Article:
Environmentally Sensitive Bank Protection Measures Evaluation

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Ayres was retained to perform research and produce guidelines for practitioners on the appropriate selection, design, installation, and maintenance of environmentally sensitive streambank stabilization and protection measures. The research concentrated on the use of willow plantings to stabilize banks.

As part of the Transportation Research Board’s National Cooperative Highway Research Program (NCHRP), Ayres conducted laboratory testing and field investigations to improve existing information used by state departments of transportation and other bridge owners. The objectives were to develop guidelines that address:

  • Performance data/failure mechanisms

  • Stabilization structure selection guidelines

  • Structural guidelines and standard designs

  • Construction and maintenance best practices

  • Hydraulic design parameters such as shear stress and velocity

  • Hydrologic design parameters such as regional climate, topography, and stream morphology

  • Structure and geotechnical design parameters such as composite interaction of soil, rock, geosynthetic materials, and/or vegetation

  • Longevity issues such as performance under peak flood conditions, material durability, and vegetation viability

  • Cost and availability issues such as installation, maintenance, and materials, including commercial products

  • Ecological issues such as fish species and aquatic organisms habitat enhancement and vegetation suitability for climatic conditions

One of the main areas of research focused on using more vegetative treatments on stream banks upstream and downstream of bridges and along waterways paralleled by roadways, including quantifying the strength that various types of vegetation demonstrate in fighting stream bank erosion.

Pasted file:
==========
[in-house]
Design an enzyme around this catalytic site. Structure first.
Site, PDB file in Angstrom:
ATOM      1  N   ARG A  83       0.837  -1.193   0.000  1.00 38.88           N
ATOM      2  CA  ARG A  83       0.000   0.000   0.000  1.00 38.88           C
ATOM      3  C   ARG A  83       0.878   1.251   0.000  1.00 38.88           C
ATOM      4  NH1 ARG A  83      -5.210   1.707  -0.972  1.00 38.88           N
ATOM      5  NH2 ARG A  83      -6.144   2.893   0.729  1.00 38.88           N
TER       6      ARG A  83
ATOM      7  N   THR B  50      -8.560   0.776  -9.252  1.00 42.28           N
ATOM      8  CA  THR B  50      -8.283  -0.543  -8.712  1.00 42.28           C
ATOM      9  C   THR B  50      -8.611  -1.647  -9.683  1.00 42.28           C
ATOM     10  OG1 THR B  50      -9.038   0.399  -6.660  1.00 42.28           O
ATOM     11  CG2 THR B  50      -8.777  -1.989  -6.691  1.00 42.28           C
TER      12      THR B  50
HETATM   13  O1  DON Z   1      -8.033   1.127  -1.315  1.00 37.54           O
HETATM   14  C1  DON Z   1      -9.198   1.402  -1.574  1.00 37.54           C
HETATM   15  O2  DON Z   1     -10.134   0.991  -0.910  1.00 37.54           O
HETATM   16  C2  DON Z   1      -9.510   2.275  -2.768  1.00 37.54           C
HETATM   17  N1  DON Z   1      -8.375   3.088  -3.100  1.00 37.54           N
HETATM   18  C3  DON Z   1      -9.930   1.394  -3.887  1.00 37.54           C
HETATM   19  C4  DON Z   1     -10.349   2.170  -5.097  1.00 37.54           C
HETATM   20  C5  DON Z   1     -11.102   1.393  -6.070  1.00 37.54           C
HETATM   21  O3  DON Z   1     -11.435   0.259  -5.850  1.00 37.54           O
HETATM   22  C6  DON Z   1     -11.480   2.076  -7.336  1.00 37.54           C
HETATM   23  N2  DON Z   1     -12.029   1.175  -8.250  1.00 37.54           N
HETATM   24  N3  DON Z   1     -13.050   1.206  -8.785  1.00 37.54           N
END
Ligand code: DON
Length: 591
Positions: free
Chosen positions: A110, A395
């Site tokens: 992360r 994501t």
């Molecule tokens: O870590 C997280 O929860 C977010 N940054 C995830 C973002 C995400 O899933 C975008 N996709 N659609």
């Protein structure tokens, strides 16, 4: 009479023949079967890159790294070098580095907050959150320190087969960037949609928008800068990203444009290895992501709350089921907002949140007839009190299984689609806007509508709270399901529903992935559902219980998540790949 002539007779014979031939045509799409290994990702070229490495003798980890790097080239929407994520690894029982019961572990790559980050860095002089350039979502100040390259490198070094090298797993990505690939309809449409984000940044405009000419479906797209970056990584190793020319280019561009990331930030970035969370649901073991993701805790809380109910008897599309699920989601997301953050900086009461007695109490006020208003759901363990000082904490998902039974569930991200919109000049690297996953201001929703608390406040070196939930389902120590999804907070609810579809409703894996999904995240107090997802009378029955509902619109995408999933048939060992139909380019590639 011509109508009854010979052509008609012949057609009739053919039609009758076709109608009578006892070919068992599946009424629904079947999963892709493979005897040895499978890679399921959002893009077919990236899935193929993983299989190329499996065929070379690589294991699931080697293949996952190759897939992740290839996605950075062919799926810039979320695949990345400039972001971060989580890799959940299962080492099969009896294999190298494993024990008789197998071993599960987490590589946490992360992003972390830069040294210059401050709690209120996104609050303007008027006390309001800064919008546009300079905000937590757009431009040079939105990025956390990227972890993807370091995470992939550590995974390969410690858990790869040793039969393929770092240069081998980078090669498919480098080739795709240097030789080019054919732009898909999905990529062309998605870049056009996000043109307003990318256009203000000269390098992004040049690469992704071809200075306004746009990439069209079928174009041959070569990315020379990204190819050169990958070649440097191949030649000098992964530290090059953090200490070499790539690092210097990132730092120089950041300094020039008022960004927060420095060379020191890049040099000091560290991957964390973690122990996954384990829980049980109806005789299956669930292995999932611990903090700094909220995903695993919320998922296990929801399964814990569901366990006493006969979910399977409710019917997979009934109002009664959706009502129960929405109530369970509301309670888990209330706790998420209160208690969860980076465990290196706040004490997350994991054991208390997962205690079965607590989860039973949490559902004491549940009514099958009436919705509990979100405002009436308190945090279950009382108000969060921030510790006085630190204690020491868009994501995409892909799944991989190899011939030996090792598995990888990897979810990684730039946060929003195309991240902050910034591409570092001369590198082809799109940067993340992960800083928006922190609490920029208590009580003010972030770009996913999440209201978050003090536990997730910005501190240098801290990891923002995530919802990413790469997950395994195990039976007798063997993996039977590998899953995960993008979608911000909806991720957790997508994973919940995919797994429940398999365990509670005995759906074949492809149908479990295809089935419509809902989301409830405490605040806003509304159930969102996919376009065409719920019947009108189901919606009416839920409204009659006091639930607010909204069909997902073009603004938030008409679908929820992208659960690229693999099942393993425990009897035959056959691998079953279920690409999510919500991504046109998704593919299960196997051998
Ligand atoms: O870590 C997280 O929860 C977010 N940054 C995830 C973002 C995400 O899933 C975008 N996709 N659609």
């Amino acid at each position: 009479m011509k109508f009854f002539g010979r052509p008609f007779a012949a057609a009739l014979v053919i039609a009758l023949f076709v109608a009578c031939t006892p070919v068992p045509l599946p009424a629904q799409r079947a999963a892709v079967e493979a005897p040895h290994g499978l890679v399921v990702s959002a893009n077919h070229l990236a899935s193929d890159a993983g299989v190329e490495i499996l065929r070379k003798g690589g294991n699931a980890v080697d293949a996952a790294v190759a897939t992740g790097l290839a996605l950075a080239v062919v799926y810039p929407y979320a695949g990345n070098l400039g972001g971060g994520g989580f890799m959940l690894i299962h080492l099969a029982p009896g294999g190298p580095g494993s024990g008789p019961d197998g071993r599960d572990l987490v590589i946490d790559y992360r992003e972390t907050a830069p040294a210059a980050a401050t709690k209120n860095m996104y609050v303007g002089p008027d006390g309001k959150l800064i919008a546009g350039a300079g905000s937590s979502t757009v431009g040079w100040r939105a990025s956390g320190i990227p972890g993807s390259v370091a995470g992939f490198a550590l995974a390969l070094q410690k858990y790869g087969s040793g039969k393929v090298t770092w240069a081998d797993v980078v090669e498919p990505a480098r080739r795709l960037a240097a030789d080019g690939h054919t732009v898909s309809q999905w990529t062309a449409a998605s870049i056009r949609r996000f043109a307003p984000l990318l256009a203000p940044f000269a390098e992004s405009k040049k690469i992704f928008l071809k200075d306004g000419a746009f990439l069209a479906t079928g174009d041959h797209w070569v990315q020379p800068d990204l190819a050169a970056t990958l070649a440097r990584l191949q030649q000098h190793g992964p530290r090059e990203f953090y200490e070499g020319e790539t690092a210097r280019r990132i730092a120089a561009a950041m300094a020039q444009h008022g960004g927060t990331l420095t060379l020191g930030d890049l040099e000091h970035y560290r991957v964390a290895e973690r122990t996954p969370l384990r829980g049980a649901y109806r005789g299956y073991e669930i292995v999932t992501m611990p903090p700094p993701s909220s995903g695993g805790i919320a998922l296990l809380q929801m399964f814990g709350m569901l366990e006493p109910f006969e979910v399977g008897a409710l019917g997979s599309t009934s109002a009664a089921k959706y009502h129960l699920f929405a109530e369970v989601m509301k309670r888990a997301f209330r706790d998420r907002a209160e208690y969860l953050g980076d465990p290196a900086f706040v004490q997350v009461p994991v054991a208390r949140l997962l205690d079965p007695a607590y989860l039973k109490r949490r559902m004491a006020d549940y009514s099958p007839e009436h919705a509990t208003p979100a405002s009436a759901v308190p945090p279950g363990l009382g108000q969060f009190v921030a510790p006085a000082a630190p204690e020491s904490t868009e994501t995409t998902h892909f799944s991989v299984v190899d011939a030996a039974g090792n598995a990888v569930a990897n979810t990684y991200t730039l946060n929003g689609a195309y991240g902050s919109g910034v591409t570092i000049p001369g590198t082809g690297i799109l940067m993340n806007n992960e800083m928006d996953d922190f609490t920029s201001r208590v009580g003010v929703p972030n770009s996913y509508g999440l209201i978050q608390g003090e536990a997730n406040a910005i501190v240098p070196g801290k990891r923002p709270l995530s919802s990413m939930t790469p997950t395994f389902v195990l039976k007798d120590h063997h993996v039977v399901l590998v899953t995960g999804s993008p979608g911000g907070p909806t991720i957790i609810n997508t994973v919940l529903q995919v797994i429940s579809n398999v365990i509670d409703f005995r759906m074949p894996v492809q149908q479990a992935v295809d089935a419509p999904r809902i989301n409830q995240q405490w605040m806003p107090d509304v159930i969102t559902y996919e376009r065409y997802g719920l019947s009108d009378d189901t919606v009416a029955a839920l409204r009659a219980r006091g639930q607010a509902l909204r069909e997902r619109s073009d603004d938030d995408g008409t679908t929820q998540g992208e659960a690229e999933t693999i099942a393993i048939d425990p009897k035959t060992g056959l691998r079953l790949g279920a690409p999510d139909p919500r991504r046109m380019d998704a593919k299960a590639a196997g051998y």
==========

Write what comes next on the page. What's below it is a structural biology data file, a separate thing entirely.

In January 2014 small willow cuttings were harvested and then grown for about seven months in a Colorado State University (CSU) greenhouse in Fort Collins. Then cranes were used to place 20-foot-long, 15-ton “planter trays” of willows in CSU’s research flume. In August and September 2014 water was run through the flume and over the willows at high rates (50, 100, and 150 cubic feet per second) to test how well the willows protected the soil in which they were rooted.

One experimental slope stabilization consisted of a simple willow-covered slope, with willows planted more densely on the lower part of the slope and with a hard toe (rock riprap) at the base of the bank. The other experimental slope consisted of a terraced approach in which willows were planted between the stair-stepped, fabric-enclosed soil lifts. This was a steeper slope than the first and did not include a hard toe at the base. Initial observations included greater soil loss on the second experiment.

Both experiments employed methods already commonly used in the river restoration industry, and the research aimed to test the methods on a real-world scale to see whether they will hold up and provide reliable protection in areas such as upstream and downstream of a bridge to control erosion around bridge abutments. Consideration was given to whether the plants would die in real-world situations such as droughts or being eaten by wildlife or trampled by cattle.

Project Information

Client's Name

Transportation Research Board


Fort Collins, CO

Primary Service

River Engineering + Water Resources


State + Federal + Tribal